According to the invention, it is sufficient that the incident radiation reaches, on the point of recording, an intensity great enough to affect the paper. Papers used will be different according to the type of radiation used. For instance, an heliographic paper will be used for ultraviolet radiation, photographic paper for a visible radiation, or for Roentgen radiation, while in case of infrared radiation different types of paper and modes of recording may be used, namely:

a. The beam modulated and suitably deflected falls on a sheet or a ribbon covered by or containing suitable coloring substances, said ribbon or said sheet being disposed in f rent of the paper and in close contact therewith. Said ribbon or sheet are apt to transfer locally, by thermal action, said coloring substances to the paper.

b. The said beam melts locally the toner, which previously has been made to stick, by mechanical or electrostatical means to the recording zone.

c. The beam operates thermally on the paper, or in general on a recording support containing coloring substances which are modified by thennal effect, such papers or recording supports being already known in the art.

d. The beam starts a chemical reaction of the active substance of the paper, or causes microcontainers, being part of the said paper, to disrupt and spill their contents.

e. The beam operates directly on the paper, by thermal effect, carbonizing locally the surface of the paper in such a way, as to cause enough difference in coloring.

As said before, the process according to the invention may use either one or the other of two different recording methods,

namely, said recording may be continuous or discontinuous, as is now explained in detail:

1. Point writing. The beam may fall or not fall on single points of a point matrix, in such a way, as to write a character, a numeral or a sigrl whatever. Usually a matrix with a number of points rather reduced, for instance 7X5, may be sufficient for reproducing with enough evidence any character. The beam must be very narrow or in any case accurately focalized and its intensity must be modulable by pulses.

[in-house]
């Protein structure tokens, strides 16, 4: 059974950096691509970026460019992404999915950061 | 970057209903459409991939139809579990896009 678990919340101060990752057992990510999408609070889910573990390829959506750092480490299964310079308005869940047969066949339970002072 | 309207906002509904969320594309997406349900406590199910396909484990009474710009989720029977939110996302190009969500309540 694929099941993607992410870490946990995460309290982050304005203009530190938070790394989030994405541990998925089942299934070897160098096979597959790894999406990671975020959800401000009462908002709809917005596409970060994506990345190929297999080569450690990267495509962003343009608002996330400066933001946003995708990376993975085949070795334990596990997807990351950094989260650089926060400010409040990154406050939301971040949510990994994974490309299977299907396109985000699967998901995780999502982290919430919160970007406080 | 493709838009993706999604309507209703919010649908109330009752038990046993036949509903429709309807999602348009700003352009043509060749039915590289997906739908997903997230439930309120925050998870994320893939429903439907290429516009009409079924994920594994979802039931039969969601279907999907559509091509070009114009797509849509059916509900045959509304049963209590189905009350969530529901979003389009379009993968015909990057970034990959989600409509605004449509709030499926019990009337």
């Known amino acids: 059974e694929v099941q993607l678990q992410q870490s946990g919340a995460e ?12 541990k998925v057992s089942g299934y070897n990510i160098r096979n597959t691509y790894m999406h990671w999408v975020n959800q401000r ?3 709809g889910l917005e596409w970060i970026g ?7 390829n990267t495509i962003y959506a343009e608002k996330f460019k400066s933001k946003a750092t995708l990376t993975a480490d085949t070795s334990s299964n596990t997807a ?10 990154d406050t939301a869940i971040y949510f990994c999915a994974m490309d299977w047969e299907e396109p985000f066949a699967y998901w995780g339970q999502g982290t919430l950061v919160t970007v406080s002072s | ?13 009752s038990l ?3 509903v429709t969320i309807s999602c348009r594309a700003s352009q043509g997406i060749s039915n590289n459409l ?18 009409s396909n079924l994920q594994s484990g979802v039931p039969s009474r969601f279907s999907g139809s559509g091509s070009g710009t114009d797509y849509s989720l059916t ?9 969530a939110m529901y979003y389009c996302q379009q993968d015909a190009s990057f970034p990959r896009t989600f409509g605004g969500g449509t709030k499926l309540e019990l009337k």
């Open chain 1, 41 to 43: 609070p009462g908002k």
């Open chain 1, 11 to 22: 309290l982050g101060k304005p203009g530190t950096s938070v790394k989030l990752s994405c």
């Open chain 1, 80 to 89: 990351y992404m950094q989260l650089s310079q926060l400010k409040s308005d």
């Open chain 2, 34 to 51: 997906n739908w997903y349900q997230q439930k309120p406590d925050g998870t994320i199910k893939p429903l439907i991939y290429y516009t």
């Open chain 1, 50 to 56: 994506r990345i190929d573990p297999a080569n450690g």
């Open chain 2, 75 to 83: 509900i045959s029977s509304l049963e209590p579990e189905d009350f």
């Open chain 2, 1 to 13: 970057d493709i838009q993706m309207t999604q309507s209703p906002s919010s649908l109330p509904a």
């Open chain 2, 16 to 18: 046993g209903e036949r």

2. Continuous-line writing. May be obtained letting the energy beam to pass through a proper mask before reaching the paper.

A distinctive advantage of the process according to the invention is to greatly decrease the inertia, the wear, the noise and other inconveniences peculiar to the mechanical devices. In fact, the recording is obtained by the simple deflection of the beam, said beam, in case of point writing, being vertically and horizontally deflected and moved along the line to be written; while in case of continuous-line writing it may be endowed only with the motion along the printing line.

This and other features of the present invention will become apparent from the following description of a preferred embodiment thereof, taken in conjunction with the accompanying drawings, in which:

FlG. 1 shows a general diagram for the point writing of characters;

FIG. 2 shows an example of a method of vertical deflection for the beam; 7

FlG. 3 is a block diagram of a synchronizer, relating to the general diagram of FlG. l;

FlG. 4 shows in detail a possible manner of building an electromagnetic beam deflector;

FlG. 5 shows a possible way of building the network indicated with 10 in FlG. 4;

FIG. 6 shows a matrix of points for writing a character.

As an example it is now illustrated a process, according to the invention, employing the point writing method, using unprocessed papcr and typewriter-type ribbon of known model. The process is controlled by information carried by binarycoded electrical signals.

The process according to the invention provides (with reference to FIG. 1) a synchronizer indicated in the whole with l, which will be described in detail later on. Said synchronizer has six inputs numbered from 2 to 7, apt to receive binary coded electrical signals, corresponding to 2, i.e. 64 different characters of signs. Said synchronizer 1 has four more inputs; two of them, (b and c) carry electrical signals caused by trip-limiting devices 8 and 9, as will be explained later on; other two of said inputs (d and e) receive electrical signals from electro-optical transductors, l0 and 11, whose operation will be also explained later on.